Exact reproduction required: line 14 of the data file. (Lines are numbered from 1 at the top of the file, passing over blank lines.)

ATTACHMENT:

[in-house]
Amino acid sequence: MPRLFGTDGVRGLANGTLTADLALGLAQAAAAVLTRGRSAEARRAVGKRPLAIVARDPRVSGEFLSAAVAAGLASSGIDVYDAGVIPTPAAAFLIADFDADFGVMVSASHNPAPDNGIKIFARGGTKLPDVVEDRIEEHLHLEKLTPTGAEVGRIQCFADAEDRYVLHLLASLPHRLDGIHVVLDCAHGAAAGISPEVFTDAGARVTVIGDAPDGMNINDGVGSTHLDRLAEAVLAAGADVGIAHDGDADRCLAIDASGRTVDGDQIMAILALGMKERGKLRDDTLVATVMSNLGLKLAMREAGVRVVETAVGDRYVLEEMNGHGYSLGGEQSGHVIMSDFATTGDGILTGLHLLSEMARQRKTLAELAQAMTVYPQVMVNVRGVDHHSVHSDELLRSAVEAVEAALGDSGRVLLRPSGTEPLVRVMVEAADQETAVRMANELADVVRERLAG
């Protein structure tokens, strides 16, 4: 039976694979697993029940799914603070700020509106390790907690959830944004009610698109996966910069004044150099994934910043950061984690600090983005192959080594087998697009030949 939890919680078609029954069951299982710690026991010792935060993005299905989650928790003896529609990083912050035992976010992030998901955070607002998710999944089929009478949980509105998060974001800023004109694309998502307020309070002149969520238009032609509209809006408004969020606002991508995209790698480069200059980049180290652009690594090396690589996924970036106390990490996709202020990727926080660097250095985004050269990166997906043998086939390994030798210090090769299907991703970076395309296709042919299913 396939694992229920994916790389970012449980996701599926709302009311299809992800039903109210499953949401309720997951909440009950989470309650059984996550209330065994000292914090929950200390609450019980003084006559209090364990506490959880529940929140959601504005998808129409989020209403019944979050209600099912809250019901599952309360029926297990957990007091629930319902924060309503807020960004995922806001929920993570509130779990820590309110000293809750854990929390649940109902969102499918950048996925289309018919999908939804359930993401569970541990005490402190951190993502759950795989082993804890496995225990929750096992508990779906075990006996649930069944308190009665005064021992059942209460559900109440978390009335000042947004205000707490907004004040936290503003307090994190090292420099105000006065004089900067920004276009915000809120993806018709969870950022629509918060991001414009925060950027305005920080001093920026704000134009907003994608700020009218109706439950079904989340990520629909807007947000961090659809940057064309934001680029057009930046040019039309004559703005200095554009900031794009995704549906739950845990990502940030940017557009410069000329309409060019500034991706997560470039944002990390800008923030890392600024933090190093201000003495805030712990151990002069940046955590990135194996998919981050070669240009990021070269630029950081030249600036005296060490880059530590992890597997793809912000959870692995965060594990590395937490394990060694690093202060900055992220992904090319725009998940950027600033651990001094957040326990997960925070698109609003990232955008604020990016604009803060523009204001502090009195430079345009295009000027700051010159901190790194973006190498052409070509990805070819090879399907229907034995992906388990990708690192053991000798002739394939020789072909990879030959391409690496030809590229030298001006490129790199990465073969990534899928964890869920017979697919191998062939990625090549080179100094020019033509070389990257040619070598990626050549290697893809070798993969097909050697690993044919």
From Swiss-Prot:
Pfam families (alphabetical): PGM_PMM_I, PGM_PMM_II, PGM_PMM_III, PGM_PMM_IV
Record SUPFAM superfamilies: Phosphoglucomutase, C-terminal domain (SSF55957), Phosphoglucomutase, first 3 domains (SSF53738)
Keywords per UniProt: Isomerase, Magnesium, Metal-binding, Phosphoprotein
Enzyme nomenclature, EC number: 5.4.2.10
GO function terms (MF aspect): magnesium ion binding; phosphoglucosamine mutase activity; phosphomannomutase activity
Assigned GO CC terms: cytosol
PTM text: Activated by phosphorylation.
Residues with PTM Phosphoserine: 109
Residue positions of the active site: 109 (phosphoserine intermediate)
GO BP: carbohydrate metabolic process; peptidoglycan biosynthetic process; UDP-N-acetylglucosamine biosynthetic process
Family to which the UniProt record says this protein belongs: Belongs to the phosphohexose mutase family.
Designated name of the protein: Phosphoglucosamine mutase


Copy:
GO BP: carbohydrate metabolic process; peptidoglycan biosynthetic process; UDP-N-acetylglucosamine biosynthetic process